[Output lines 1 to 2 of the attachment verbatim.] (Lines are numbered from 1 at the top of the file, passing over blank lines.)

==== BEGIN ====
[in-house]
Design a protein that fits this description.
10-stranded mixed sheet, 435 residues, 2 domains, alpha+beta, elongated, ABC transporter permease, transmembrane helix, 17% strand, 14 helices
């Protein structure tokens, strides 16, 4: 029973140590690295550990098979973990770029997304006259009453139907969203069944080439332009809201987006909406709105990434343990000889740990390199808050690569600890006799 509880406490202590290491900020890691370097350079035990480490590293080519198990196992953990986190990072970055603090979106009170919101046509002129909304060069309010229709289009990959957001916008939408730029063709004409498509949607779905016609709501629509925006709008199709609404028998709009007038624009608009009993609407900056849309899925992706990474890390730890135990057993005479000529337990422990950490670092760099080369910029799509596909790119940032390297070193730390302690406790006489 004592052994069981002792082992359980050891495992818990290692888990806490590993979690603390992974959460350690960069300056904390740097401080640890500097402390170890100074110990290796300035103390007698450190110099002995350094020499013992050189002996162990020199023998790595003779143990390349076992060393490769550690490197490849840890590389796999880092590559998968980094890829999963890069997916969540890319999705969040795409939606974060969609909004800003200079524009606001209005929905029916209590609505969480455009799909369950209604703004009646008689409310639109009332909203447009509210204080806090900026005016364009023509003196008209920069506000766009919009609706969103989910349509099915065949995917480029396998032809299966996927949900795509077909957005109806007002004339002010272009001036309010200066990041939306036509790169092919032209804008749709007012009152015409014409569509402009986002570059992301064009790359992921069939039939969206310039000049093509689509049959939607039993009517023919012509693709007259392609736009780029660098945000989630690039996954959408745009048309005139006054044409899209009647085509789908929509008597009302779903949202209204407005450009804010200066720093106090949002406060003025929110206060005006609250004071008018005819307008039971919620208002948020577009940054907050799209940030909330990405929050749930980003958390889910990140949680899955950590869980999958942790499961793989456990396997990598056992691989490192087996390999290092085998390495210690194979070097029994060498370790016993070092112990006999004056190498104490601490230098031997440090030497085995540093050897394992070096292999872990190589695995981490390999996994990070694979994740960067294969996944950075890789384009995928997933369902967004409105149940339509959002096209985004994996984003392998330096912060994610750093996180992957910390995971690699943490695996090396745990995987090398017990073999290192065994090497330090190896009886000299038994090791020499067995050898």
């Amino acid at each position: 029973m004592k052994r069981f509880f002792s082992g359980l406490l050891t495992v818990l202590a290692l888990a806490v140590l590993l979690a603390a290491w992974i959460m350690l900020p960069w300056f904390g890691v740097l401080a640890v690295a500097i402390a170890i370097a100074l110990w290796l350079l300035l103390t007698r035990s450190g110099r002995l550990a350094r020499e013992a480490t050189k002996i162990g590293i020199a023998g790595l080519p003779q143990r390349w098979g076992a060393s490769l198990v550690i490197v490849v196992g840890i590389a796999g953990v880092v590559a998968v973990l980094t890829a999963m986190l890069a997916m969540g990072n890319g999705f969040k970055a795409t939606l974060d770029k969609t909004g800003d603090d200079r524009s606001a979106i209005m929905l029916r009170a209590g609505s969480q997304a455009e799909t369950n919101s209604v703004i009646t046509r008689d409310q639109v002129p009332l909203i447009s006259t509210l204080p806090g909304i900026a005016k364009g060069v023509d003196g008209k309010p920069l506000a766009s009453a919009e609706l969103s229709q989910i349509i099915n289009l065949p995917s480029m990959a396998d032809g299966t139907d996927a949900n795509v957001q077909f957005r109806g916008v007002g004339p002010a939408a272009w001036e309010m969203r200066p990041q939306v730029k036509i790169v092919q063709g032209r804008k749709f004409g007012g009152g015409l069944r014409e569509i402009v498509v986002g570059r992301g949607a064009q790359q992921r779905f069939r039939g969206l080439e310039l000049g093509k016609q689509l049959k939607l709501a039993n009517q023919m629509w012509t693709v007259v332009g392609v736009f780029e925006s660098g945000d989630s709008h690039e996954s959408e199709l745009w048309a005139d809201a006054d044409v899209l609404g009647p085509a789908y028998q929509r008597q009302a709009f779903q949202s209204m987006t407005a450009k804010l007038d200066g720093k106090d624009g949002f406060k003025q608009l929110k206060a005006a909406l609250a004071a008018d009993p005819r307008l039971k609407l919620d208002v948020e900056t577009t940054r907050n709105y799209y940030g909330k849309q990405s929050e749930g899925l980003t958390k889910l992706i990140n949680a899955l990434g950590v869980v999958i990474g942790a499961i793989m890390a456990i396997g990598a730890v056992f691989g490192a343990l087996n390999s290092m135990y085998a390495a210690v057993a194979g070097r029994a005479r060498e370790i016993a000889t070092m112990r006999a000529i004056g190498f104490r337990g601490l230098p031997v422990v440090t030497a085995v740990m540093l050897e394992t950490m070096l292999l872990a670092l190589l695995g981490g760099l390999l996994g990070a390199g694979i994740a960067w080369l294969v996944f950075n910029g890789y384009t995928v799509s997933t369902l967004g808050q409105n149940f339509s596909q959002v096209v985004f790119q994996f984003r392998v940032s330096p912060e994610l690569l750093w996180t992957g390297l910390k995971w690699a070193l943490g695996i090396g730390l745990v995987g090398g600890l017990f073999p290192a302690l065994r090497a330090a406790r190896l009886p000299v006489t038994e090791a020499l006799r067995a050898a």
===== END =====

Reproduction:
[in-house]
Design a protein that fits this description.